The best HR & People Analytics articles of January 2024 2024 is set to be a momentous year. With economic uncertainty, rising geopolitical conflict, and rapid advances in technology, it is also set to be a stormy 12 months for the world, for organisations, and for HR professionals too. Perhaps this explains the slew of insightful resources in January, which has made compiling this month’s collection as challenging as it has been enjoyable. One of the key focuses has been on ‘productivity’, and I’ve brought together a number of resources on this topic. There are also new studies from the likes of PwC, McKinsey, Glassdoor, Accenture, and Deloitte as well as articles featuring practitioners from companies including Spotify, Microsoft, Ericsson, Lloyds Banking Group, and Standard Chartered. There’s lots to enjoy and learn from. Join me for a webinar on February 21 to discover how Leading Companies shift People Analytics from insight to impact Are you an HR or People Analytics Leader seeking to transform your organisation’s People Analytics from mere insights to impactful business outcomes? If so, I invite you to join me for a webinar that Insight222 is hosting on February 21. Naomi Verghese and I will walk through the findings from the Insight222 People Analytics Trends research, unveiling the distinctive characteristics of ABCD Teams that propel organisations to new heights. Naomi and I will be joined by Alan Susi, VP and Global Head of Organisational Analytics and People Insights at S&P Global. Alan will share insights into how S&P Global successfully elevated their approach to people analytics, turning data into tangible business outcomes. You can register for the webinar here – or by clicking the image below. Jürgen Klopp – a study in leadership, culture, and analytics As a fervent supporter, I’m still processing the totally unexpected news that Jürgen Klopp will be leaving his post as the manager of Liverpool at the end of the current football season. In his press conference on taking the reins at Anfield in October 2015, Klopp stated his goal was to turn Liverpool from “doubters to believers.” He has done this with some aplomb amassing a haul of seven trophies (to date) including the Champions League in 2019 and then, the following year, the Holy Grail of Liverpool’s first league title in 30 years. But Klopp is more than a brilliant football manager. He is the epitome of an empathetic leader. His emotional intelligence and natural humility not only endears Klopp to his players, but to supporters too for whom he is adored. The reaction to the news reduced many Liverpool supporters to tears. I’m still hoping – probably forlornly - that like Alex Ferguson in 2002, Klopp will change his mind and stay. In the likely event that he does depart, I’m sure that multiple studies will be made on Klopp’s time at Anfield, and that his leadership skills, use of data and analytics, and ability to build an inclusive winning culture will be deservedly celebrated. YNWA. Looking for a new role in people analytics or HR tech? Before we get to this month’s collection of resources, I’d like to highlight once again the wonderful resource created by Richard Rosenow and the One Model team of open roles in people analytics and HR technology, which now numbers over 500 roles. Looking for a people analytics event to attend in 2024? Richard Rosenow has also been busy compiling a study of People Analytics Conferences to attend in 2024 with the data collected from practitioners themselves. Society for Industrial and Organizational Psychology (SIOP), People Analytics World and the Wharton People Analytics Conference all come out well as does the Insight222 Global Executive Retreat. Thanks to Richard for putting this together. Share the love! Enjoy reading the collection of resources for January and, if you do, please share some data driven HR love with your colleagues and networks. Thanks to the many of you who liked, shared and/or commented on December’s compendium (including those in the Comments below). If you enjoy a weekly dose of curated learning (and the Digital HR Leaders podcast), the Insight222 newsletter: Digital HR Leaders newsletter is published every Tuesday – subscribe here. THE QUEST FOR PRODUCTIVITY MCKINSEY - 2024 and beyond: Will it be economic stagnation or the advent of productivity-driven abundance? | PwC - 27th Annual Global CEO Survey: Thriving in an age of continuous reinvention | JOSH BERSIN - HR Predictions for 2024: The Global Search For Productivity | ERIK BRYNJOLFSSON - How AI Will Transform Productivity | BEN WABER AND NATHANAEL J. FAST - Is GenAI’s Impact on Productivity Overblown? When I talk with CHROs and People Analytics Leaders at the companies we work with at Insight222, one of the words I’m hearing most at the moment is ‘productivity’. Continuing economic and geopolitical uncertainty, the promise of AI, and challenging talent demographics are all fuelling the demand for productivity from CEOs. Here are five resources that can be filed under the ‘productivity’ umbrella: (1) McKinsey’s Ezra Greenberg, Asutosh Padhi, and Sven Smit present a model for businesses to capture the three-sided productivity opportunity (see FIG 1). (2) Amongst a ton of takeaways, the standout theme from the annual PwC CEO survey is that the vast majority of participating companies are already taking some steps towards reinvention, while CEOs believe that 40% of their work is wasted productivity (see FIG 2). (3) Josh Bersin draws from the PwC survey in his 2024 predictions, where he outlines The Productivity Advantage where “If you can help your company move faster (productivity implies speed, not only profit), you can reinvent faster than your competition.” (4) Stanford professor Erik Brynjolfsson offers leaders an overview of how AI will transform productivity. (5) Finally, Ben Waber and Nathanael Fast’s absorbing essay in Harvard Business Review cautions leaders on leaning into the hype on GAI’s supposed positive impact on productivity too heavily. The authors break down two of the key challenges with LLMs: a) their persistent ability to produce convincing falsities and b) the likely long-term negative effects of using LLMs on employees and internal processes. FIG 1: The three-side productivity opportunity (Source: McKinsey) FIG 2: CEOs estimate administrative inefficiency at 40% (Source: PwC) GERGELY OROSZ AND ABI NODA - Measuring Developer Productivity: Real-World Examples Continuing the productivity theme, this is an invaluable resource by Gergely Orosz and Abi Noda in The Pragmatic Engineer newsletter. It provides detail on developer productivity metrics at 17 tech companies including Google, Microsoft, Spotify, and Uber (see summary in FIG 3). FIG 3: Developer productivity metrics at 17 tech companies (Source: Pragmatic Engineer) 2024 HR TRENDS AND PREDICTIONS JASMINE PANAYIDES - Nine Ways to Put HR Trends and Predictions into Practice in 2024 There has been a flood of articles advising what the key HR trends, predictions, and opportunities for 2024 are, but how are HR professionals supposed to make sense of these? In her article for the myHRfuture blog, Jasmine Panayides provides actionable tips on how HR professionals can apply the trends, predictions and opportunities to their work, and their organisations so they can deliver value to the company and the workforce. Jasmine also helpfully summarises the trends/predictions from a variety of sources into one table (see FIG 4), including from: Visier Inc., Gartner, Bernard Marr, UNLEASH, Mercer, and Culture Amp as well as my own 12 Opportunities for HR in 2024 article. FIG 4: Analysis of HR Trends and Predictions for 2024 (Source: myHRfuture) KATARINA BERG - HR Trends for 2024 | GARTNER - 9 Future of Work Trends for 2024 | GLASSDOOR – 2024 Workforce Trends | HUNG LEE - Forecasting 2024 in Recruitment Part 1, Part 2, Part 3, and Part 4 | KEVIN WHEELER - What Does 2024 Hold in Store for Us? | STACIA GARR AND DANI JOHNSON – 2024 Mega Trends and how people leaders should respond (Webinar) The deluge of commentators offering their HR trends and opportunities continued in January. As such, it is a challenge to sort the wheat from the chaff but in addition to those I highlighted in this compendium in December, and in Jasmine’s article above, I recommend diving into the following: (1) Spotify’s chief people officer, Katarina Berg, highlights ten trends with the common theme being each trend is a bridge, connecting the past with the future, and HR professionals are the architects crafting these vital links – including “Staying Human in the Age of AI – The Humanity Bridge”. (2) Gartner’s Jordan Turner and Emily Rose McRae highlight nine future of work trends for the year ahead (see FIG 5). (3) Aaron Terrazas and Daniel Zhao identify eight workforce trends based on Glassdoor’s data on workplace satisfaction, culture, and conversations. (4) Hung Lee is at the cutting edge of recruiting and HR tech, so his four-part series on recruiting in 2024 is definitely worth checking out – two examples include: “Multi-generational replaces neurodiversity as DEIB hot topic” and “Capital Allocation Shifts from Sourcing & Engagement to Assessment & Verification Tech”. (5) Futurist Kevin Wheeler offers seven insights and predictions together with his self-assessed certainty rating including “Generative AI will dominate, and every product will attempt to incorporate AI. 90% certainty” and “More firms will embrace a four-day workweek 50% certainty”. (6) Finally, I strongly recommend viewing the 2024 Mega Trends webinar hosted by Stacia Sherman Garr and Dani Johnson for RedThread Research, which breaks down the key macro factors impacting the world of work and how HR can respond. FIG 5: 9 Future of Work Trends for 2024 (Source: Gartner) GREG NEWMAN - 10 important topics that HR will likely ignore in 2024 Greg Newman takes an alternative, wry and contrarian approach by focusing his list of “predictions” on ten things most HR teams will continue to ignore in 2024. My favourite three are: (1) speaking the language of the business, (2) focusing AI conversations on ethics before technology, and (3) learning that good data is required to realise the dreams of AI and analytics. By aligning HR language with business terminology, we can more effectively demonstrate the value of our initiatives in a way that resonates with business stakeholders. GENERATIVE AI AND THE FUTURE OF WORK ELLYN SHOOK AND PAUL DAUGHERTY - Work, workforce, workers: Reinvented in the age of generative AI A new study from Accenture, co-authored by Ellyn Shook and Paul Daugherty, on how generative AI is impacting work, provides guidance on how leaders can: “Set and guide a vision to reinvent work, reshape the workforce and prepare workers for a generative AI world, while building a resilient culture to navigate continuous waves of change.” The report reveals a trust gap between workers and leaders on key elements related to GAI’s impact on work, the workforce, and workers. The authors also highlight four accelerators for leaders to navigate the journey ahead: (1) Lead and learn in new ways, (2) Reinvent work, (3) Reshape the workforce (see example in FIG 6), and (4) Prepare workers. FIG 6: Illustrative example of how work and roles can be reallocated in a GAI future (Source: Accenture) ROGER W. HOERL AND THOMAS C. REDMAN - What Managers Should Ask About AI Models and Data Sets The decision on whether to deploy AI models within an organisation ultimately lies with business leaders who may not be qualified to identify risks and weaknesses related to AI models and data sets. In their article, Roger Hoerl and Tom Redman provide (1) A framework (see FIG 7) designed to equip leaders with context and based on their concept of the right data. (2) A set of six questions for leaders to ask their AI model developers before and during modelling work and deployment. (3) Guidance for leaders on how to assess AI model developers’ answers to those six questions. FIG 7: The Right Data Framework (Source: Roger W. Hoerl and Thomas C. Redman) PEOPLE ANALYTICS STEVE HATFIELD, SUE CANTRELL, AND BRAD KREIT - Beyond the quick fix: How workforce data can drive deeper organizational problem-solving The premise of this thoughtful article by Steve Hatfield, Susan Cantrell, and Brad Kreit is that without the right context, even simple measurements can undermine efforts to convert people data into value. They then explore several examples – in the workforce, in the workplace, and in the work – where organisations might be limiting their analysis to the surface level and how deeper analysis can reveal systemic issues that lead to opportunities for transformation. Guidance on three actions leaders can take to help ensure they are not missing important context in their data analysis are provided: (1) Bring data from different domains and sources together for analysis. (2) Make sure you’re measuring what you should—not just what you can. (3) Identify potential biases in data collection algorithms. If organizations want to move beyond quick fixes and use work and workforce data to drive deeper—and often more challenging—problem-solving, it is important that they look at the data in context. NAOMI VERGHESE - How to Measure the Value of People Analytics My Insight222 colleague Naomi Verghese digs how to measure the commercial value of people analytics, highlighting a powerful case study from Jaesun HA and LG Electronics. Naomi provides detail on four key areas where people analytics adds value (business performance, workforce experiences, driving an analytics culture and societal benefit) as well as providing data on the characteristics of companies that ARE creating commercial value from people analytics (see FIG 8). FIG 8: Characteristics of people analytics that disclosed and measured commercial value of people analytics solutions (Source: Insight222 People Analytics Trends, 2023) ANDRÉS GARCIA AYALA - 5 Change Drivers Impacting People Analytics & How To Thrive In Them | WILLIS JENSEN - Attrition versus Retention: Which Should I Use? | KEITH McNULTY – Regression Modeling in People Analytics: Survival Analysis | LYDIA WU - The Market Sucks and You are Looking for a Job, Now What? | SEBASTIAN SZACHNOWSKI - 16 HR Metrics for IT | ERIN FLEMING AND NICK JESTEADT - People Analytics Perspectives from the Fringe: Current Priorities and a View on Optimized Teams in 2024 January saw a slew of articles from current and recent people analytics leaders, which typically act as a spur and inspiration for the field. Six are highlighted here: (1) Andrés García Ayala highlights some of the key change drivers impacting people analytics and ways to incorporate them into our work. (2) Willis Jensen builds on the recent primer on attrition metrics by Ben Teusch that I highlighted in December’s edition. He explains why we should be using attrition and retention as separate terms that lead to distinct metrics with different objectives (see also FIG 9). (3) Keith McNulty provides another indispensable practical guide for people analysts with a step-by-step tutorial to conducting survival analysis in R. (4) The prolific Lydia Wu turns her attention to providing some handy guidance for those looking for their next people analytics / HR tech role. (5) Sebastian Szachnowski provides a useful breakdown of 16 HR metrics for technology companies. (6) Last but definitely not least, Erin Fleming and Nick Jesteadt provide insights from their survey of fellow people analytics practitioners. Insights include a) 41% of respondents (n=49) operate as a one-person people analytics team, and ii) the main current focus areas of work include employee turnover, cultural engagement, return to office, and restructuring. FIG 9: When to use Attrition and Retention (Source: Willis Jensen) MAX BLUMBERG - The Big List of GPTs to Revolutionize Your People Processes | JOHANNES SUNDLO - GenAI for People Analytics Two articles addressing the opportunity for generative AI in the people space. (1) Max Blumberg (JA) ?? sets out 93 potential ways to upgrade your People Processes with AI and GPTs across four categories – workforce planning and strategy, recruitment, learning and development, and employee wellbeing. (2) Johannes Sundlo provides examples of companies using GAI in their people analytics work to support analyses on engagement data, skills, and tailoring training recommendations. GPTs are an amazing tool for scenario planning, forecasting future workforce needs, identifying talent gaps, and developing integrated talent strategies. THE EVOLUTION OF HR AND DATA DRIVEN CULTURE DAVE ULRICH, NORM SMALLWOOD, AND JOE GROCHOWSKI - Why and How to Move HR to an Outside-In Approach When asked the question, “What is the biggest challenge in your job today?” HR professionals will typically provide answers such as: “Build a skills-based organisation” or “Help our employees have a better experience”. As Dave Ulrich, Norm Smallwood, and Joe Grochowski write, these answers would be far more powerful when a “so that” is applied e.g. “Help employees have a better experience so that customer experience improves.” The article demonstrates that greater value is created with an outside-in approach that starts with the needs of external stakeholders (customers, investors, community) and then figuring out the implications inside the company for meeting those needs. Dave, Norm, and Joe also present their Human Capability Framework and a tool that provides an assessment of an organisation’s outside-in performance (see FIG 10). FIG 10: Human capability from the outside-in - diagnostic questions (Source: Dave Ulrich et al) WORKFORCE PLANNING, ORG DESIGN, AND SKILLS-BASED ORGANISATIONS AMY WEBB - Bringing True Strategic Foresight Back to Business In her article for Harvard Business Review, Amy Webb defines strategic foresight as “a disciplined and systematic approach to identify where to play, how to win in the future, and how to ensure organizational resiliency in the face of unforeseen disruption.” Her article also advocates for the integration of strategic foresight as a core competency in every organisation, regardless of size. Moreover, Amy provides guidance on how to operationalise strategic foresight by unveiling a ten-step process. Read alongside another article authored by Amy for HBR: How to Do Strategic Planning Like a Futurist, which includes Amy’s Futurist’s Framework for Strategic Planning (see FIG 11). FIG 11: A Futurist’s Framework for Strategic Planning (Source: Amy Webb) WORLD ECONOMIC FORUM AND PwC - Putting Skills First: Opportunities for Building Efficient and Equitable Labour Markets As the introduction to this compelling collaboration between the World Economic Forum and PwC begins: “Skills and talent shortages are critical challenges facing societies and economies today. The absence of relevant skills impedes business growth, hinders economic prosperity, and inhibits individuals from realizing their full potential.” The report identifies five specific opportunities for intervention where the gains from skills-first solutions are most likely for employers and workers alike (see ‘Skills-first Framework’ in FIG 12). Additionally, the report also showcases 13 Skills First “Lighthouses”, including IBM, Siemens, Standard Chartered and Sanofi. It concludes by offering key takeaways regarding six success factors in implementing skills-first approaches including (1) Sponsorship from leadership, (2) Alignment with business needs, and (3) Data and evaluation for iteration. (Authors: Genesis Elhussein, Mark Rayner, Aarushi Singhania, Saadia Zahidi, Peter Brown MBE, Miral Mir, and Bhushan Sethi). A cultural shift to skills-first approaches needs both sponsorship from executives and governance from human-resources professionals FIG 12: Skills-first Framework (Source: World Economic Forum PETER SHEPPARD - Learning from our Skills Journey | BEN AUTY - What are the new skills people will need for the future of work? | TANUJ KAPILASHRAMI - How Standard Chartered is Unlocking the Power of Skills in the Workplace Many of the organisations we work with at Insight222 have embarked on the road to becoming a skills-based organisation. It is not an easy journey, so it is helpful to learn from other companies who are treading this path. Three of these are Ericsson, Lloyds Banking Group, and Standard Chartered. (1) In his article, Peter Sheppard shares learnings from Ericsson’s skills journey including a) it’s not jobs or skills; it’s skills and jobs, b) it’s a whole organisation activity, c) Less is more with skills, and d) Data drives value. (2) Ben Auty shares insights as to why Lloyds Banking Group is developing a learning culture to build the workforce of the future at the bank, the main skills they are focusing on, and the central role the recently established Reskilling Team is playing. (3) Tanuj Kapilashrami shares how Standard Chartered catalysed their work on skills by identifying adjacencies between ‘sunset’ and ‘sunrise’ roles. We looked at skills adjacencies between ‘sunset’ jobs and ‘sunrise’ jobs: so, what are the jobs that are going to go away? What are the skills that help employees get reskilled into some of these sunrise jobs? We ran five proofs of concept, we showed some real redeployment opportunities and started making the skills narrative real. EMPLOYEE LISTENING, EMPLOYEE EXPERIENCE, AND EMPLOYEE WELLBEING JENNIFER E. SIGLER WITH STEPHANIE DENINO - So Many Stakeholders, So Little Time: State of EX 2023-2024 The fifth annual State of EX study authored by Jennifer E. Sigler, PhD on behalf of The EXchange, Inc, TI PEOPLE and FOUNT Global, Inc. is a treasure chest of insights on the fast-evolving practice of employee experience. It highlights the top four priorities for EX as: (1) Redesigning experiences, (2) Getting broader buy-in for EX work across the organisation, (3) Building an EX roadmap for the organisation, and (4) Getting more / better data. One other standout finding from the study suggests that senior leaders are increasingly focused on EX with a majority of respondents (63%) saying their organisation’s senior leaders view EX as equal to or even more important than other corporate priorities. This bodes well for the future of EX. Thanks to Stephanie Denino and Volker Jacobs for highlighting the study. FIG 13: EX Team Priorities YOY Change (Source: The EXchange, TI People and FOUNT Global, Inc) LEADERSHIP AND CULTURE NADJIA YOUSIF, ASHLEY DARTNELL, GRETCHEN MAY, AND ELIZABETH KNARR - Psychological Safety Levels the Playing Field for Employees | PETER CAPPELLI AND LIAT ELDOR - Can Workplaces Have Too Much Psychological Safety? Two perspectives on psychological safety in the workplace. In the first article, Nadjia Yousif, Ashley Dartnell, Gretchen May, and Elizabeth Knarr present the findings of Boston Consulting Group (BCG) research, which finds how psychological safety benefits inclusion, reduces attrition in diverse groups and effectively acts as an equaliser - enabling diverse and disadvantaged employee groups to achieve the same levels of workplace satisfaction as their more advantaged colleagues. The study also highlights the direct relationship between empathetic leadership and feelings of psychological safety in the workforce, giving leaders a clear directive to be empathetic and thereby engender psychological safety. The second article by Peter Cappelli and Liat Eldor presents research that found that when you move from average to high levels of psychological safety, performance in routine jobs actually declined. FIG 14: Psychological safety has an outsize impact on retention for diversity groups (Source: BCG) RASMUS HOUGAARD, JACQUELINE CARTER, AND ROB STEMBRIDGE - The Best Leaders Can’t Be Replaced by AI While there are some areas where AI is already surpassing or will surpass human capabilities, there are several it cannot replace. Based on their research into employees’ comfort with AI in management, as well as their decades of research on the qualities of effective leadership, Rasmus Hougaard, Jacqueline Carter, and Robert Stembridge identify the promise (and perils) of AI-enabled management (see FIG 15), as well as the three uniquely human capabilities leaders need to focus on honing, especially as AI begins to figure more in management: (1) awareness, (2) compassion, and (3) wisdom. For more from Rasmus, I recommend listening to his podcast discussion with me: How To Be a More Compassionate Leader. Leaders who deepen their ability to lead with humanity will win at attracting, retaining, developing, and motivating top talent. FIG 15: AI versus Human: A matric of leadership activities (Source: Potential Project) DIVERSITY, EQUITY, INCLUSION, AND BELONGING JULIE COFFMAN, ALEX NOETHER, BIANCA BAX, CASSY REICHERT, AND KRYSTLE JIANG - The Business of Belonging: Why making everyone feel included is smart strategy Revealing data from a Bain survey of 6,000+ employees across four countries, which finds employees who have seen their companies intentionally invest in inclusion since 2020 are three times more likely to feel fully included than employees who have not seen such investment from their employers. Other findings include (1) Combining diversity and inclusion maximises a company’s capacity (by 4x) to innovate, and (2) Employees with inclusive leadership are 9x more likely to feel fully included at work (see FIG 16). (Authors: Julie Coffman, Alex Noether, Bianca Bax, Cassy Reichert, and Krystle Jiang). FIG 16: Employees with inclusive leadership are 9x more likely to feel fully included at work (Source: Bain) SHUJAAT AHMAD - DEIB Is At A Crossroads—It’s Time for Bold Action and Clear Metrics Given recent developments it’s reasonable to say that Diversity, Equity, Inclusion, and Belonging (DEIB) is at an existential crossroads. As Shujaat Ahmad writes in his excellent article for Round: “Boards, leadership teams, and investors hold the power to set the tone, shape the policies, and allocate the resources to support DEIB initiatives: for DEIB to work effectively, they must shift from well-intentioned wordsmiths to committed drivers that hold the organization accountable for outcomes and positive change.” Shujaat then unveils his blueprint to help leaders assess progress and drive meaningful change, clarifying the ‘why’ before diving into the ‘how’ covering measuring what matters and interventions (see FIG 17). For more from Shujaat, I recommend visiting Belong and Lead. FIG 17: Source – Shujaat Ahmad HR TECH VOICES Much of the innovation in the field continues to be driven by the vendor community, and I’ve picked out a few resources from January that I recommend readers delve into: ERNEST NG - If the Pitch is Too Smooth, It Probably Is: Why AI in HR is Difficult – Part 2 of an insightful essay from Ernest Ng, PhD of HiredScore (see also Part 1 on disclosures here) where he cuts through the hype to assess how we should be implementing AI in HR. LOUJAINA ABDELWAHED - A Tale of Two Cultures - In One Company - Loujaina Abdelwahed, PhD from Revelio Labs highlights the growing disparity between junior and senior employees (see FIG 18) and identifies the factors causing this malaise. Thanks to Ben Zweig for highlighting. FIG 18: The growing disparity in sentiment between junior and senior employees (Source: Revelio Labs) JEREMIE BRECHEISEN - Where Employees Think Companies’ DEIB Efforts Are Failing – Jeremie K Brecheisen presents findings from Gallup that reveals a disconnect between how well employees and HR leaders believe their organisations are doing when it comes to diversity, equity, inclusion, and belonging: 84% of CHROs say their organisations are increasing investment in DEIB, while only 31% of employees say their organisation is committed to improving racial justice or equity in their workplace (see FIG 19). The article then outlines ten needs employees say are not being met and then offers strategies to help organisations address the disconnect. FIG 19: How employees and HR leaders differ on perceptions of DEIB progress (Source: Gallup) FRANCISCO MARIN - Navigating the ONA Landscape: Trends and Challenges for 2024 - Another good read from Cognitive Talent Solutions, as Francisco Marin explores the key trends and challenges shaping the ONA space in 2024. IAN WHITE - The three C’s of effective performance management – Ian White, CEO at ChartHop, presents the three C’s of performance management — continuous, contextual and cultural — designed to help companies understand their employees more holistically. CHRISTINA JANZER - The surprising connection between after-hours work and decreased productivity – Christina Janzer presents findings from Slack’s Workforce Index, which identifies findings on how to structure the workday to maximise employee productivity, well-being and satisfaction – including the connection between after hours work and decreased productivity. FIG 20: Source – Slack PODCASTS OF THE MONTH In another month of high-quality podcasts, I’ve selected five gems for your aural pleasure: (you can also check out the latest episodes of the Digital HR Leaders Podcast – see ‘From My Desk’ below): AMY EDMONDSON AND LAURIE RUETTIMANN – Right Kind of Failure – Amy Edmondson joins Laurie Ruettimann on the brilliantly named Punk Rock HR to explore the essential role of failure in our professional and personal growth. STACIA GARR, COLE NAPPER, AND SCOTT HINES - People Analytics & HR Tech Research by Industry Analysts – Stacia Sherman Garr, one of the industry’s top analysts, joins Cole Napper and Scott Hines, PhD on the Directionally Correct podcast to discuss the research Stacia and her team at RedThread Research do in the people analytics and HR technology space. RICHARD ROSENOW, MADDIE GRANT, AND SANJA LICINA - How to Build an Integrated Framework for Workforce Listening – In an episode of the Empowering Workplaces podcast, Richard Rosenow joins hosts Maddie Grant and Sanja Licina, Ph.D. to talk about The Three Channels of Workforce Information: conversations (“what people say”), surveys (“what people say they do”) and systems (“what people do”) as a way to build a comprehensive understanding of your workforce. McKINSEY - The shape of talent in 2023 and 2024 - In this episode of McKinsey Talks Talent, Bryan Hancock, Brooke Weddle and host Lucia Rahilly highlight the trends that shaped last year’s talent landscape—and those poised to ‘redefine its contours’ yet again in 2024. MATTHEW BIDWELL AND DAN LONEY – Forecasting 2024 Workplace Trends – Wharton Professor and convenor of the Wharton People Analytics Conference, Matthew Bidwell, joins host of the Wharton Business Daily Dan Loney to look at the year ahead in the workplace. VIDEO OF THE MONTH CHRIS LOUIE, TOMAS CHAMORRO-PREMUZIC, TERRI HORTON, AND LINDSEY SHINTANI - Power a dynamic workforce by embracing AI An enlightening panel discussion from the recent LinkedIn Talent Connect where Chris Louie, Dr Tomas Chamorro-Premuzic, Terri Horton, EdD, MBA, MA, SHRM-CP, PHR, and Lindsey Shintani discuss how AI is changing learning and career paths. They provide guidance on how to overcome AI anxiety and empower impactful futures. BOOK OF THE MONTH KEVIN WHEELER AND BAS VAN DE HATERD – Talent Acquisition Excellence An excellent new book published by Kogan Page and authored by Kevin Wheeler and Bas van de Haterd (He/His/Him). It provides an insightful and detailed analysis of how technologies such as artificial intelligence and machine learning in combination with analytics can improve talent acquisition and recruitment. RESEARCH REPORT OF THE MONTH YUYE DING AND MARK (SHUAI) MA - Return-to-Office Mandates A huge thank you to Nick Bloom for bringing my attention to this paper from Yuye Ding and Mark Ma, which studied the impact of 137 Return to Office mandates on the performance of S&P500 firms from 2020-2023. The key findings, as summarised by Nick, are illuminating: (1) RTO mandates are more likely in firms with poor recent stock performance, and in those with powerful male CEOs. (2) Glassdoor data finds RTO mandates significantly reduce employee ratings for job satisfaction, work-life balance, and senior management. (3) There is no significant impact of RTO mandates on either firm profitability or firm stock-returns. FIG 21: Distribution of firms’ RTO mandates (Source: Yuye Ding and Mark Ma) FROM MY DESK January saw the first three episodes of Series 36 of the Digital HR Leaders podcast, sponsored by our friends at ScreenCloud. Thank you to Luke Farrugia. DAVID GREEN - The best 60 HR & People Analytics articles of 2023 Part 1 | Part 2 – My tenth annual collection of HR and people analytics resources is spread across two articles and ten themes. Part 1 covers i) the future of work and people strategy, ii) workplace design and strategy, iii) AI and the world of work, iv) people analytics, and v) employee experience, listening and wellbeing. Part 2 covers: vi) the evolution of HR, HR operating models and the CHRO, vii) building a data driven culture in HR, viii) workforce planning, skills, and talent marketplace, ix) leadership and culture, and x) diversity, equity, inclusion and belonging. THOMAS RASMUSSEN, DAWN KLINGHOFFER, AND JEREMY SHAPIRO - HR in 2024: The Impact of People Analytics, AI & ML – In a special episode of the Digital HR Leaders podcast to kick off 2024, I was joined by Thomas Rasmussen, Dawn Klinghoffer, and Jeremy Shapiro to discuss the outlook for HR and people analytics in the coming 12 months. SERENA HUANG - How to Enhance Your Career in People Analytics - Serena H. Huang, Ph.D., who has led people analytics functions at companies including GE, PayPal and Kraft Heinz, joins me to discuss the common career paths observed in the people analytics field and how they have evolved over the years. KAZ HASSAN AND LUKE FARUGGIA - How to Bridge the Gap Between Customer and Employee Experience - What can HR learn from marketing's journey in using data, analytics and technology to understand and personalise the customer experience? How can we leverage these insights in HR to boost our employee experience initiatives? Kaz Hassan and Luke Faruggia join me to discuss these topics and more. THANK YOU Finally, this month I’d like to thank: Recruit CRM for nominating me as ‘The People Analytics Pioneer’ in their list of 50 Recruitment Influencers to Follow in 2024 Likewise, a huge thank you to 365Talents for including me as one of the Top 50 HR Influencers to Follow in 2024 Similarly, thanks to HRCap, Inc. for including me in their list of 10 HR Influencers who Provide Remarkable Insights The Social Craft (here) and The Talent Games (here) for also including me in their lists of HR and HR Tech leaders to follow. HRDConnect for quoting me in their article Data Literacy: A must-have for HR professionals in 2024. Gianni Giacomelli for including the Data Driven HR monthly in his list of seven must-read newsletters. HR Geckos for including Excellence in People Analytics as a book recommendation in their HR Bytes Newsletter for January 2024. Sebastian Szachnowski for including Excellence in People Analytics in his list of books to get better at people analytics. Leapsome for including the Digital HR Leaders podcast as one of its Top 10 HR Podcasts for 2024. Similarly, Alexandre Darbois for also including the Digital HR Leaders podcast as one of his 5 HR Podcasts. Melissa Meredith for using my 12 Opportunities for HR in 2024 article to highlight the importance of the HR-Finance partnership in building a thriving company. Bill Brown for also highlighting my 12 Opportunities for HR in 2024 article in his Eleven Trends Transforming the Future of Work in 2024. Mirro.io for including me as a contributor in their list of 15 HR Trends for 2024. Dhanesh K for including as one of his 10 Top HR Leaders to Follow. Lanteria HR for recommending me as one of their HR Experts to Follow in 2024. Semos Cloud for including my 12 Opportunities for HR in 2024 as part of their round-up of HR insights. Thomas Kohler for including my Best HR and People Analytics Articles of 2023 in their collection of HR resources to read. Thinkers360 for including me in their Top Voices EMEA 2023. ABOUT THE AUTHOR David Green ?? is a globally respected author, speaker, conference chair, and executive consultant on people analytics, data-driven HR and the future of work. As Managing Partner and Executive Director at Insight222, he has overall responsibility for the delivery of the Insight222 People Analytics Program, which supports the advancement of people analytics in over 90 global organisations. Prior to co-founding Insight222, David accumulated over 20 years experience in the human resources and people analytics fields, including as Global Director of People Analytics Solutions at IBM. As such, David has extensive experience in helping organisations increase value, impact and focus from the wise and ethical use of people analytics. David also hosts the Digital HR Leaders Podcast and is an instructor for Insight222's myHRfuture Academy. His book, co-authored with Jonathan Ferrar, Excellence in People Analytics: How to use Workforce Data to Create Business Value was published in the summer of 2021. SEE ME AT THESE EVENTS I'll be speaking about people analytics, the future of work, and data driven HR at a number of upcoming events in 2024: Feb 21 - Discover how Leading Companies shift People Analytics from insight to impact (Webinar) Feb 28 - People Analytics World 2024: Exploring the Potential of Analytics and AI in Employee Experience (Zurich) March 4-6 - Gloat Live! (New York) March 14-15 - Wharton People Analytics Conference (Philadelphia) April 24-25 - People Analytics World (London) May 7-9 - UNLEASH America (Las Vegas) September 24-26 - Insight222 Global Executive Retreat (Colorado, US) - exclusively for member organisations of the Insight222 People Analytics Program October 16-17 - UNLEASH World (Paris) More events will be added as they are confirmed.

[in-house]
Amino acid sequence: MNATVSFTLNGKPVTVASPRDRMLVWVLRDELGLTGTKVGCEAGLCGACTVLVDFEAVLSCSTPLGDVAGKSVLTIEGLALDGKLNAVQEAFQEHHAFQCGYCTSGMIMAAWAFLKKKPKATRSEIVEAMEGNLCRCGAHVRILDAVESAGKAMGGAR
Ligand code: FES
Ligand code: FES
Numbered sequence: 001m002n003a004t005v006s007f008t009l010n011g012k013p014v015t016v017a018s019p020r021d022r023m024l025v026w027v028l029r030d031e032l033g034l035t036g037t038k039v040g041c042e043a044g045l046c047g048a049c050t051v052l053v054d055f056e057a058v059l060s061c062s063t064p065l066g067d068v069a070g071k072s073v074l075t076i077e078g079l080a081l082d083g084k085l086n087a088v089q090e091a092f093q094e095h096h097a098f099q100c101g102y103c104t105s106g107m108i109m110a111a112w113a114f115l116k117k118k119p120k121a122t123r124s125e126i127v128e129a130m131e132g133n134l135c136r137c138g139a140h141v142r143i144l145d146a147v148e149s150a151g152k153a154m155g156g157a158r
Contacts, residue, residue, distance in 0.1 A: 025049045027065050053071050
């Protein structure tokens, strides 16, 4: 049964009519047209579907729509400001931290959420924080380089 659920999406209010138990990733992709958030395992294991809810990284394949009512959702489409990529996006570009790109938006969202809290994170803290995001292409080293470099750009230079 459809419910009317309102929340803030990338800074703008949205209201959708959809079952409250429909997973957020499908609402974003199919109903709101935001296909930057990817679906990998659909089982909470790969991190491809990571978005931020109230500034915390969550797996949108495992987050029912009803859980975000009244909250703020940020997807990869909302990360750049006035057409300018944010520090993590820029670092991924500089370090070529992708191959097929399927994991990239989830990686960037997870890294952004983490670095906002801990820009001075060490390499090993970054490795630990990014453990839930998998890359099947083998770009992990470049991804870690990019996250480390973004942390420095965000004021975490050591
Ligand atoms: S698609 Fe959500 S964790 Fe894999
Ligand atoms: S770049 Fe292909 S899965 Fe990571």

generative AI